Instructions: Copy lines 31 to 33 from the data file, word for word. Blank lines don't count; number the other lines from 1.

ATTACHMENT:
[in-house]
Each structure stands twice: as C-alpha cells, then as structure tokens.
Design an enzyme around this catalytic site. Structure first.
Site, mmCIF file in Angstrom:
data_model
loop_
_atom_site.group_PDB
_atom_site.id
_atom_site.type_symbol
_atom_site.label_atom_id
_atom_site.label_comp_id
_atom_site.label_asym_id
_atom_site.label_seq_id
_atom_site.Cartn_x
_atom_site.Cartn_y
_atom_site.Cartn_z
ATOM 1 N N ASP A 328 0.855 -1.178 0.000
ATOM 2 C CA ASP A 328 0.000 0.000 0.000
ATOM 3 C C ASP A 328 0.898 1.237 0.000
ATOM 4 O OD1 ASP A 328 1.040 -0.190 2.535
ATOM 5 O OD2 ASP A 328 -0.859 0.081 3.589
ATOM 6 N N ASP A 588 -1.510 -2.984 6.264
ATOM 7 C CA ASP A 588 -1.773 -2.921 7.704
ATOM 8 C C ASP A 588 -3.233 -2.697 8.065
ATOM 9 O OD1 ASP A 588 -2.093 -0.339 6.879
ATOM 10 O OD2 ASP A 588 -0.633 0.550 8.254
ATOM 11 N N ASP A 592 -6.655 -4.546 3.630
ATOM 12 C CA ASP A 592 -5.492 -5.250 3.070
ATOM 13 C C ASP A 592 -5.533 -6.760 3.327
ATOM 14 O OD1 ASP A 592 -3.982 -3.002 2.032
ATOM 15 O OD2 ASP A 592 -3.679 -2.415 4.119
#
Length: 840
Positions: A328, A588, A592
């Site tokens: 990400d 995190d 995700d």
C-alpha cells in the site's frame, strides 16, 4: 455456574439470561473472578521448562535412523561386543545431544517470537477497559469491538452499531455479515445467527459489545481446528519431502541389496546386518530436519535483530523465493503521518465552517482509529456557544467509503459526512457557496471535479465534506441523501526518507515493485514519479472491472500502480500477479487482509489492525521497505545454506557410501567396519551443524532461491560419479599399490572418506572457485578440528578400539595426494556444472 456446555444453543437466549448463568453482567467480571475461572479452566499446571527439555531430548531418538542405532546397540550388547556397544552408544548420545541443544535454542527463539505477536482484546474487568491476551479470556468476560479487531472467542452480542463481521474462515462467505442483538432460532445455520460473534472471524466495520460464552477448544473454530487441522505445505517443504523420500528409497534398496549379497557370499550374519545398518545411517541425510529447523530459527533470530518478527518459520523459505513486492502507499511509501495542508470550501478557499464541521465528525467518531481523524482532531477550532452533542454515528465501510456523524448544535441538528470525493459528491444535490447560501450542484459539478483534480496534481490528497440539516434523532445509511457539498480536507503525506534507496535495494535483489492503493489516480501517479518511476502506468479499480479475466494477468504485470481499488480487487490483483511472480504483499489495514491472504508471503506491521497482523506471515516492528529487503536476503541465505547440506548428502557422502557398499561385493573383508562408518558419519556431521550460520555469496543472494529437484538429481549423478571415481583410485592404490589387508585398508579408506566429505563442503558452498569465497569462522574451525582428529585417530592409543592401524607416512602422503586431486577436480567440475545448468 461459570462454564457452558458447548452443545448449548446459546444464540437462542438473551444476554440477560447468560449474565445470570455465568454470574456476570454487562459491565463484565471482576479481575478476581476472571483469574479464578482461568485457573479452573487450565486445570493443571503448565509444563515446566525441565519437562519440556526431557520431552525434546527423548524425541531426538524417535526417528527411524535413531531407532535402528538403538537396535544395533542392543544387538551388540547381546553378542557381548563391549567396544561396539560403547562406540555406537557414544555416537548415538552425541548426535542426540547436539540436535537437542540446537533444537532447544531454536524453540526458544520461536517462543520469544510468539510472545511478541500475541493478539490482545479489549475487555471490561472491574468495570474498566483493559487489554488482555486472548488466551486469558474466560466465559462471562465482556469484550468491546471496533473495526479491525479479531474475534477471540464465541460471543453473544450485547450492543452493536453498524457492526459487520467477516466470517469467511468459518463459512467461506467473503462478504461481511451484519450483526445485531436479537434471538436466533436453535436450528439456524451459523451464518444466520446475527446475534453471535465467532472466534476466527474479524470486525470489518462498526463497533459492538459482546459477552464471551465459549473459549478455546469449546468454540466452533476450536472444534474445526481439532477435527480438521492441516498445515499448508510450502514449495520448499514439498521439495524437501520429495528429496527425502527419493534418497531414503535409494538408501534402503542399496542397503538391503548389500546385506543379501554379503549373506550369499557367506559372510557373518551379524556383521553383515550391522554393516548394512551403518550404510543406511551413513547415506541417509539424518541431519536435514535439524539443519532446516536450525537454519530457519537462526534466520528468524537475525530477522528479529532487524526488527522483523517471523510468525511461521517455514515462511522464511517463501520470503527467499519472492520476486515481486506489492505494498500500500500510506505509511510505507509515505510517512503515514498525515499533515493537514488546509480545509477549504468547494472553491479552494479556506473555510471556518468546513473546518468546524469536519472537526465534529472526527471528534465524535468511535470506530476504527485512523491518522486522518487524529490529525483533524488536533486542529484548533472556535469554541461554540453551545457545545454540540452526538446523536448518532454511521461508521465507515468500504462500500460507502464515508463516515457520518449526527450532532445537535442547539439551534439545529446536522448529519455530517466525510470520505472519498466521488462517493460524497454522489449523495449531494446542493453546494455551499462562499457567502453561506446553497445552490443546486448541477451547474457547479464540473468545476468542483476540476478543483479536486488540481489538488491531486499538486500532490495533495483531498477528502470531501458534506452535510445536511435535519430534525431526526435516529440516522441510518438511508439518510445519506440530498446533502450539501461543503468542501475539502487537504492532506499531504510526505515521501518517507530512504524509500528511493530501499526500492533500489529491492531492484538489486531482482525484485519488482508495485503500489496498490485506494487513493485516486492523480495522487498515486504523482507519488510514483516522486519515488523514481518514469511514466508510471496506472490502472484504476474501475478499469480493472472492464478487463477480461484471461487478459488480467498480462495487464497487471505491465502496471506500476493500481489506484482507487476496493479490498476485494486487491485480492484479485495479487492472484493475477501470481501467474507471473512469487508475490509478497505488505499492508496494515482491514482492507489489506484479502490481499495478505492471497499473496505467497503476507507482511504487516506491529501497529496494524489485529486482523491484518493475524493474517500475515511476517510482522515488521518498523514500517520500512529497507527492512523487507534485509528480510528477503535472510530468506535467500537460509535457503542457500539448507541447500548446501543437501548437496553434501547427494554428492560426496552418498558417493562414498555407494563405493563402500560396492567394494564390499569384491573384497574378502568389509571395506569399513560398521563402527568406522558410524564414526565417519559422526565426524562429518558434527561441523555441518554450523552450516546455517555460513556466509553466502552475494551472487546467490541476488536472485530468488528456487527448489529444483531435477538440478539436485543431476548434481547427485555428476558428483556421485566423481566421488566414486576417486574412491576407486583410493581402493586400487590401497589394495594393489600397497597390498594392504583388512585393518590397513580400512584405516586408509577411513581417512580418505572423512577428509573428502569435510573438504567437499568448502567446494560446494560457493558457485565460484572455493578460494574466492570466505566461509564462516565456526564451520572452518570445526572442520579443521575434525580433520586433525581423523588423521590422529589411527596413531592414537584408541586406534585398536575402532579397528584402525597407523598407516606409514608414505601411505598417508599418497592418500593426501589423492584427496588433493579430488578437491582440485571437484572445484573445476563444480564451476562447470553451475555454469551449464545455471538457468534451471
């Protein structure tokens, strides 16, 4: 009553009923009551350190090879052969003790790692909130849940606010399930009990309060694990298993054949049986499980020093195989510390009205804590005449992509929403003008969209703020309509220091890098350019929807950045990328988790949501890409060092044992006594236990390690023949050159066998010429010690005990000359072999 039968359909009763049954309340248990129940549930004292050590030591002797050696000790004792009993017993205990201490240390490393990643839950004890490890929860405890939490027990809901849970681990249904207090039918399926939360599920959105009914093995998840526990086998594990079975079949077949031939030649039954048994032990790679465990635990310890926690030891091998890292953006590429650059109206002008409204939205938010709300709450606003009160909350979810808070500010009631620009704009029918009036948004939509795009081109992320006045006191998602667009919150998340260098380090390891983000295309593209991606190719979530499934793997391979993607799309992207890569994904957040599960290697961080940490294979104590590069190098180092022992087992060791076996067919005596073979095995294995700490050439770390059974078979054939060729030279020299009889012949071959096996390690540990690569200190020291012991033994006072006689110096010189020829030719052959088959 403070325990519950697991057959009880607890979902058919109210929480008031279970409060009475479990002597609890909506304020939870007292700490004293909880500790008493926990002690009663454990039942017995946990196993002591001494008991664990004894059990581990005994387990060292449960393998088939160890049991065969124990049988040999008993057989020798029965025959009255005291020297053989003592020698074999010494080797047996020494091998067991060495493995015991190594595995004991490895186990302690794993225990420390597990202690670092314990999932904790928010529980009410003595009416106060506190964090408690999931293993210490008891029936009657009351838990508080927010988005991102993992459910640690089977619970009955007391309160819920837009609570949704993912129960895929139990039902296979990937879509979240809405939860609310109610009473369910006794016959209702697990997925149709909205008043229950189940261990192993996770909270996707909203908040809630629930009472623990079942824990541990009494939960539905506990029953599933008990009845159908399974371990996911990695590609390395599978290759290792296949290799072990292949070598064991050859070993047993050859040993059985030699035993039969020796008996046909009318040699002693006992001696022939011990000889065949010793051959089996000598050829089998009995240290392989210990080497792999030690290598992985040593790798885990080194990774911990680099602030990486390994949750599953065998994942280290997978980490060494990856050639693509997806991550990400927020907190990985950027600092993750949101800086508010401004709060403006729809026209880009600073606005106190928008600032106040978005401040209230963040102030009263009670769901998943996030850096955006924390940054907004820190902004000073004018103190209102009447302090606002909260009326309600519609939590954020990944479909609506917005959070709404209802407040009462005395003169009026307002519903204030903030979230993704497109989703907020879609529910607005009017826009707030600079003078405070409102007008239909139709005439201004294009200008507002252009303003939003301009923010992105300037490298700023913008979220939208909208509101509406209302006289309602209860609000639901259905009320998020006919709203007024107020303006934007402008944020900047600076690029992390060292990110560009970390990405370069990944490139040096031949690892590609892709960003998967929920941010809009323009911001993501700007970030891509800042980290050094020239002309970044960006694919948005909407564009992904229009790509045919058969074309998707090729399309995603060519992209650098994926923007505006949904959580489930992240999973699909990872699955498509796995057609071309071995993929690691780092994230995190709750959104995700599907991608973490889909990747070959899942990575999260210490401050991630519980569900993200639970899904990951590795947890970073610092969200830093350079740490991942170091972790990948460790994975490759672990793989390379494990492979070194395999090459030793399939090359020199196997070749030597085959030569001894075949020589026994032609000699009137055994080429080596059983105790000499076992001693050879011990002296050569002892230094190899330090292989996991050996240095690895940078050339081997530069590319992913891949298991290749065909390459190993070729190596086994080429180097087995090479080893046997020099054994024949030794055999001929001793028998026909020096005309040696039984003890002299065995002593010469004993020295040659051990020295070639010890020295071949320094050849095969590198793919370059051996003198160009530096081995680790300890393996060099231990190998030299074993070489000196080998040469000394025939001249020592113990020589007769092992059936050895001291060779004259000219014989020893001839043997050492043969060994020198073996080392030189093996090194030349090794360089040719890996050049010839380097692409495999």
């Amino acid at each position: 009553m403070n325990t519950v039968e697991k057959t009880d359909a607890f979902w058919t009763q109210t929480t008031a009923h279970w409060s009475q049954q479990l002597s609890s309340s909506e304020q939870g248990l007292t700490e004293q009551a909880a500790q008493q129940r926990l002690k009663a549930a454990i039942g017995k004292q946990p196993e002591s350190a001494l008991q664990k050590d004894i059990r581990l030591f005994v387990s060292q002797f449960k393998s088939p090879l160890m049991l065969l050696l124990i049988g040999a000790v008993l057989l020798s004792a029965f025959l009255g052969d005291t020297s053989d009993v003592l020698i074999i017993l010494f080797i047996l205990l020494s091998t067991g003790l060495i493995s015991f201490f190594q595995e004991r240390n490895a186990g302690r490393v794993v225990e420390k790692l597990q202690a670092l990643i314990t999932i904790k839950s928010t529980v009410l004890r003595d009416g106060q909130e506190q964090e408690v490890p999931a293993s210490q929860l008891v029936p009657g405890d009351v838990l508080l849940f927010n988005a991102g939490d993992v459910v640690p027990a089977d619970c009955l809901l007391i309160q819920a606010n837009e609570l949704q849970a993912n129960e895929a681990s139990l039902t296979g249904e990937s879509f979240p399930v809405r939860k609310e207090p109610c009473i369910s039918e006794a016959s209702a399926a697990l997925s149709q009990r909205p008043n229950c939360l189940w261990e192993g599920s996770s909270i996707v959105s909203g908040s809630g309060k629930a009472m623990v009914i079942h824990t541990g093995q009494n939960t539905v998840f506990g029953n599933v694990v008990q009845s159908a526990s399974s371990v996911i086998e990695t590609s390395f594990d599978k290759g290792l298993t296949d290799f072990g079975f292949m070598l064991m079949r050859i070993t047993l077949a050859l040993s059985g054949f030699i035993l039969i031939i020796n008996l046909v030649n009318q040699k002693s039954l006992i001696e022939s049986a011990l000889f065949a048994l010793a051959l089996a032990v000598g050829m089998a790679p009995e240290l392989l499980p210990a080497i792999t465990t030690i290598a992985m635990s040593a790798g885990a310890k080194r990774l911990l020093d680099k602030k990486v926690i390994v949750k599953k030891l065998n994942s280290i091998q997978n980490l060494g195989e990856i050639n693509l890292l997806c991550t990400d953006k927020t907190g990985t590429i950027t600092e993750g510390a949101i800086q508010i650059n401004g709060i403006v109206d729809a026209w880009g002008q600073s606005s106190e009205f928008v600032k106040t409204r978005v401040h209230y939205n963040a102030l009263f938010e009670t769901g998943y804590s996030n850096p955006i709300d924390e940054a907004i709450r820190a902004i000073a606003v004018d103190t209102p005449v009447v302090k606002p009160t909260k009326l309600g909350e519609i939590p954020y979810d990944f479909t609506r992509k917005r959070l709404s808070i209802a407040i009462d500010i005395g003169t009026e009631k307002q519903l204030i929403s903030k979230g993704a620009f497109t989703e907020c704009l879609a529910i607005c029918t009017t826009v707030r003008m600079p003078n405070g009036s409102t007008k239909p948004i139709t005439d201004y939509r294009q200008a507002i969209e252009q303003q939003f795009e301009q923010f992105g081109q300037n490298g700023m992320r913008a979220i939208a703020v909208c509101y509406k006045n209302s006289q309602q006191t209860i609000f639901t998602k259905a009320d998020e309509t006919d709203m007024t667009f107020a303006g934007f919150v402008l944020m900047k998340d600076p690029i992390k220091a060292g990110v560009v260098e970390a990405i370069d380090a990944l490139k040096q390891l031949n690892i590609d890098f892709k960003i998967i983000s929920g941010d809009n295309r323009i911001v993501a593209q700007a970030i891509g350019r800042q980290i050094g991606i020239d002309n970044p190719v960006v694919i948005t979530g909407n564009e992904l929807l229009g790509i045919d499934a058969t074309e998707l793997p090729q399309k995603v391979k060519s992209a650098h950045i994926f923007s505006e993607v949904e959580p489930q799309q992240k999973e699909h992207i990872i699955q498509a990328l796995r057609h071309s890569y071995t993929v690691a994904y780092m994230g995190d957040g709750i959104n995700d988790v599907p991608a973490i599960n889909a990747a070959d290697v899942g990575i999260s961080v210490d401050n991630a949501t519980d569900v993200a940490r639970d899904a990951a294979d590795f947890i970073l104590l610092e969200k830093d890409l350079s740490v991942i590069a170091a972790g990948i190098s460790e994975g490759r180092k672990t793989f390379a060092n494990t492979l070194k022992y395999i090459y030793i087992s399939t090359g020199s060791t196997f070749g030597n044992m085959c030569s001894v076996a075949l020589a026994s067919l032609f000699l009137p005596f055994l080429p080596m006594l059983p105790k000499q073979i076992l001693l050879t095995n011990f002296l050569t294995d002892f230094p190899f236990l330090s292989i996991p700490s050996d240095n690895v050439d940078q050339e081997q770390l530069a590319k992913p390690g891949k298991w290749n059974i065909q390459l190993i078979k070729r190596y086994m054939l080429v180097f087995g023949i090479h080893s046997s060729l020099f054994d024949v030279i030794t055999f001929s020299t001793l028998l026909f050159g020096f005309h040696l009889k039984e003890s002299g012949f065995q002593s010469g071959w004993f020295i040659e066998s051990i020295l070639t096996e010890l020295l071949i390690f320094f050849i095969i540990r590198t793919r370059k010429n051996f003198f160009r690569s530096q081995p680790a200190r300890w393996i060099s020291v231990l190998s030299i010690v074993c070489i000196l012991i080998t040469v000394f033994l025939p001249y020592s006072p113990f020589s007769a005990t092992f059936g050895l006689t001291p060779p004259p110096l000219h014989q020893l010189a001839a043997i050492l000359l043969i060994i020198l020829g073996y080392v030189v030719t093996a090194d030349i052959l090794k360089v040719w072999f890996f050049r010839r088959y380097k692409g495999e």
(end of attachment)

ATOM 15 O OD2 ASP A 592 -3.679 -2.415 4.119
#
Length: 840